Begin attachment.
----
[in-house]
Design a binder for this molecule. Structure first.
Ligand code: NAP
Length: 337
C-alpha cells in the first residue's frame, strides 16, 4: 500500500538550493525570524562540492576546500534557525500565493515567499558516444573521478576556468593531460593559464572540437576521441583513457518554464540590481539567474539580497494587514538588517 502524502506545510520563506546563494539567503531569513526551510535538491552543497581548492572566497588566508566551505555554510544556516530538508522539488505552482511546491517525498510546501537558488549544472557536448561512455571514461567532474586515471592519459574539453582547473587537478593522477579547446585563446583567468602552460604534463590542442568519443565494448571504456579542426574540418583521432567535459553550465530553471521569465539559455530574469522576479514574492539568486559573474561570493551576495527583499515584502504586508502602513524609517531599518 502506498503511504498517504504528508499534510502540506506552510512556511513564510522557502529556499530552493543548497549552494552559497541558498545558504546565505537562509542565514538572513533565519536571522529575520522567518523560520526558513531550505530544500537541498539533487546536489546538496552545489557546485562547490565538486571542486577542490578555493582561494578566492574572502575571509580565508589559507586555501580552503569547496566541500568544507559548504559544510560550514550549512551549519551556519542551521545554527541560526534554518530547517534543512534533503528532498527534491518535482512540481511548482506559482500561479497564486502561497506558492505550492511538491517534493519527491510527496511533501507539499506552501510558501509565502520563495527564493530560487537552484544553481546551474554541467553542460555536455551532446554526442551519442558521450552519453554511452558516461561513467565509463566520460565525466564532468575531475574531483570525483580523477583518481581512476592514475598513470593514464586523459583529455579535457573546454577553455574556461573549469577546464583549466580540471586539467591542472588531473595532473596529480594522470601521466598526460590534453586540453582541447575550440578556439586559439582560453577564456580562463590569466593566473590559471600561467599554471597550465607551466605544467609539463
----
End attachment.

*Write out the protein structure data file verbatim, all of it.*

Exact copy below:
[in-house]
Design a binder for this molecule. Structure first.
Ligand code: NAP
Length: 337
C-alpha cells in the first residue's frame, strides 16, 4: 500500500538550493525570524562540492576546500534557525500565493515567499558516444573521478576556468593531460593559464572540437576521441583513457518554464540590481539567474539580497494587514538588517 502524502506545510520563506546563494539567503531569513526551510535538491552543497581548492572566497588566508566551505555554510544556516530538508522539488505552482511546491517525498510546501537558488549544472557536448561512455571514461567532474586515471592519459574539453582547473587537478593522477579547446585563446583567468602552460604534463590542442568519443565494448571504456579542426574540418583521432567535459553550465530553471521569465539559455530574469522576479514574492539568486559573474561570493551576495527583499515584502504586508502602513524609517531599518 502506498503511504498517504504528508499534510502540506506552510512556511513564510522557502529556499530552493543548497549552494552559497541558498545558504546565505537562509542565514538572513533565519536571522529575520522567518523560520526558513531550505530544500537541498539533487546536489546538496552545489557546485562547490565538486571542486577542490578555493582561494578566492574572502575571509580565508589559507586555501580552503569547496566541500568544507559548504559544510560550514550549512551549519551556519542551521545554527541560526534554518530547517534543512534533503528532498527534491518535482512540481511548482506559482500561479497564486502561497506558492505550492511538491517534493519527491510527496511533501507539499506552501510558501509565502520563495527564493530560487537552484544553481546551474554541467553542460555536455551532446554526442551519442558521450552519453554511452558516461561513467565509463566520460565525466564532468575531475574531483570525483580523477583518481581512476592514475598513470593514464586523459583529455579535457573546454577553455574556461573549469577546464583549466580540471586539467591542472588531473595532473596529480594522470601521466598526460590534453586540453582541447575550440578556439586559439582560453577564456580562463590569466593566473590559471600561467599554471597550465607551466605544467609539463